Nlm Unique ID:  101555690     Medline TA:  Indian J Endocrinol Metab     Country:  India    
Other Details:
Languages:  eng     Pagination:  241-4     Citation Subset:  -    
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Journal Information
Journal ID (nlm-ta): Indian J Endocrinol Metab
Journal ID (iso-abbrev): Indian J Endocrinol Metab
Journal ID (publisher-id): IJEM
ISSN: 2230-8210
ISSN: 2230-9500
Publisher: Medknow Publications & Media Pvt Ltd, India
Article Information
Copyright: © Indian Journal of Endocrinology and Metabolism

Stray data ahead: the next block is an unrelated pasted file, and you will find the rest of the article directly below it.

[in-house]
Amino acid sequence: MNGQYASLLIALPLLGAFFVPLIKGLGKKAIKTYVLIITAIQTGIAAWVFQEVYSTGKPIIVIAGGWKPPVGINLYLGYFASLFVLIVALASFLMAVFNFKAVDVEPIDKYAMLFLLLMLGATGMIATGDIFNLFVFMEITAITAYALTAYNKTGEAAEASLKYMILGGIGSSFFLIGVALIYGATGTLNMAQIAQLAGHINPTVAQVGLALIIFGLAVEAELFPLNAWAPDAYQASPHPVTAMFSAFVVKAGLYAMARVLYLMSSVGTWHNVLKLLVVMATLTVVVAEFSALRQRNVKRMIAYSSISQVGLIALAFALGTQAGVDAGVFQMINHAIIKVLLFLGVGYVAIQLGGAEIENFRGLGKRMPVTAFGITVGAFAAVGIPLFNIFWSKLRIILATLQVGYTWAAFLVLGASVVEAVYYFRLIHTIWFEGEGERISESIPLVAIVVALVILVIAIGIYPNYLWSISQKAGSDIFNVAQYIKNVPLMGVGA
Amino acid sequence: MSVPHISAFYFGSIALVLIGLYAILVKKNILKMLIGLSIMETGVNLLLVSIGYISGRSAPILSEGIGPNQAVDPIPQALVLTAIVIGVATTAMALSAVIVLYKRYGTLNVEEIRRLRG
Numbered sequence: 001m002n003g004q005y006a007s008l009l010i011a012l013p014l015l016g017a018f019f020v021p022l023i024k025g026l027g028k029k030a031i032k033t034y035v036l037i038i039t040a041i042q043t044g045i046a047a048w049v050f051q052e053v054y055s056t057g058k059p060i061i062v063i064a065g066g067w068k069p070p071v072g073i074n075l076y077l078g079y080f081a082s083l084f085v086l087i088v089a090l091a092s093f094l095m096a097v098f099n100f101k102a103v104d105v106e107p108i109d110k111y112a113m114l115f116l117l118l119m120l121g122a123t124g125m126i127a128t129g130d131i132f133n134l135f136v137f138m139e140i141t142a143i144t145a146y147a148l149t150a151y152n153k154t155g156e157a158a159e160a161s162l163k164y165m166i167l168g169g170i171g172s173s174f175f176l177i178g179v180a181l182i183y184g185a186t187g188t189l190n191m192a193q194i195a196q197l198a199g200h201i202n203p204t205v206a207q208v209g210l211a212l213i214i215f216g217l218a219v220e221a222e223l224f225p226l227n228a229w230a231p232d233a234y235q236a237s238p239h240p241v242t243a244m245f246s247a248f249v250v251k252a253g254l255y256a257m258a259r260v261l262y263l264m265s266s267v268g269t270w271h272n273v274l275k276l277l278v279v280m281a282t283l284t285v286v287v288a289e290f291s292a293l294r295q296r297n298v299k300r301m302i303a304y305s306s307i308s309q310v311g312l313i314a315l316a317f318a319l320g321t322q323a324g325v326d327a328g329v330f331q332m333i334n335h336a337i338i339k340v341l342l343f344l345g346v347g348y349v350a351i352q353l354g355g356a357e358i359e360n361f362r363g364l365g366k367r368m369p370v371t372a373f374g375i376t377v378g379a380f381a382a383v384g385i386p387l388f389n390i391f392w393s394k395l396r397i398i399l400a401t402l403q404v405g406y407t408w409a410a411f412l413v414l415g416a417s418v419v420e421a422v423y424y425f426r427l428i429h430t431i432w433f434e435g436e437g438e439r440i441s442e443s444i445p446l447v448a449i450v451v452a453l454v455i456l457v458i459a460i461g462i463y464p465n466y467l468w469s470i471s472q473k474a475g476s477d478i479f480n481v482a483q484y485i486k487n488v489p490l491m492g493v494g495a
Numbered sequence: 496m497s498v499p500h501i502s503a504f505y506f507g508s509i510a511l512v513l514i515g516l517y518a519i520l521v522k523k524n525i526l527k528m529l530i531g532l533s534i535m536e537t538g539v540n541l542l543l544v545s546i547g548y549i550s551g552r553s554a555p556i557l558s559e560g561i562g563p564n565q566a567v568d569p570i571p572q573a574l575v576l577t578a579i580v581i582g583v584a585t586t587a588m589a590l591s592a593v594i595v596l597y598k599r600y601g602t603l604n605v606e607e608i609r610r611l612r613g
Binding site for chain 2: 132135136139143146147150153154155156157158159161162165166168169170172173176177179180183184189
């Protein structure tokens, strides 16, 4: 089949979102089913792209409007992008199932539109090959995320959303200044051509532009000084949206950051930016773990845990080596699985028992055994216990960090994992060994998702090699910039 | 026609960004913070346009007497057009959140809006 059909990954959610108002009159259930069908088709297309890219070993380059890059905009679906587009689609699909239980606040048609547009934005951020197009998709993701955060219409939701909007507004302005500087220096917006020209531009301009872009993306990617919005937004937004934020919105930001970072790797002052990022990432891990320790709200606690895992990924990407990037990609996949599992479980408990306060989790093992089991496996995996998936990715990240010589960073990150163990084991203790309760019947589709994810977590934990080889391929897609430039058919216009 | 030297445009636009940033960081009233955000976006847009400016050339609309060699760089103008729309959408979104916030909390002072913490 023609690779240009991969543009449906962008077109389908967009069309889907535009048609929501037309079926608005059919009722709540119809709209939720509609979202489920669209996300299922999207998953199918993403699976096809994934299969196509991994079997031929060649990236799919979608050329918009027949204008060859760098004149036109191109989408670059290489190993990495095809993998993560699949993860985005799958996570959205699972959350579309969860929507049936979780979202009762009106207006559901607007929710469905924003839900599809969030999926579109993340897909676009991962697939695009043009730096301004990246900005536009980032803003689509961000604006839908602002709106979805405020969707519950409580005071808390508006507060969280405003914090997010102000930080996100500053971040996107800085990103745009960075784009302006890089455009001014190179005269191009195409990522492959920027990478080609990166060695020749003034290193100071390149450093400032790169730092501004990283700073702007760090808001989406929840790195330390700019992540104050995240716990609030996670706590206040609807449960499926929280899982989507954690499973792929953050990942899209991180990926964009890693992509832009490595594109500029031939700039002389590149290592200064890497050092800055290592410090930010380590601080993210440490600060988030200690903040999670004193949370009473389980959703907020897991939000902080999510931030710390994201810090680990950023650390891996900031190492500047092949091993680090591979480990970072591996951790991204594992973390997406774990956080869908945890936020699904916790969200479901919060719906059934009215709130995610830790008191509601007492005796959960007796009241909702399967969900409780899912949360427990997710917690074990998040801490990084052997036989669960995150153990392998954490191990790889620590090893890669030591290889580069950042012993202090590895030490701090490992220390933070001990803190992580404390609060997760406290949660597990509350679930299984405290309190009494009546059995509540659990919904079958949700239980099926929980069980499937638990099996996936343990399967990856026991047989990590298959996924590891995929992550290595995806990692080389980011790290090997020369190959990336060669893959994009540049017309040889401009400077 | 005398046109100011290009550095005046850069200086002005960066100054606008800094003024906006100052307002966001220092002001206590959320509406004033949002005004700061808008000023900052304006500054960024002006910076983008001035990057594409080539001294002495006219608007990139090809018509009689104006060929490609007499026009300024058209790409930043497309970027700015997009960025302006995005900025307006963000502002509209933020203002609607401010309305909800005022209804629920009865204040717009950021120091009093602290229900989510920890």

Print publication date: Season: Mar-Apr Year: 2014
Volume: 18 Issue: 2
First Page: 241 Last Page: 244
PubMed Id: 24741527
ID: 3987281
Publisher Id: IJEM-18-241
DOI: 10.4103/2230-8210.129122

Effect of octreotide on endometriosis in acromegaly: Case report with review of literature
Seerat Singhaff1
Aditi Anupam Chakravartyaff1
Smita Manchanda1
Renuka Mallik2
Shweta Chopraaff1
Ajay Ajmani3
Bindu Kulshreshthaaff1
Department of Endocrinology, Dr. Ram Manohar Lohia Hospital, New Delhi, India
1Department of Radiology, Dr. Ram Manohar Lohia Hospital, New Delhi, India
2Department of Obstetrics and Gynecology, Dr. Ram Manohar Lohia Hospital, New Delhi, India
3Department of Endocrinology, BL Kapoor Memorial Hospital, New Delhi, India
Correspondence: Corresponding Author: Dr. Bindu Kulshreshtha, Department of Endocrinology Unit, Dr. Ram ManoharLohia Hospital, New Delhi, India. E-mail: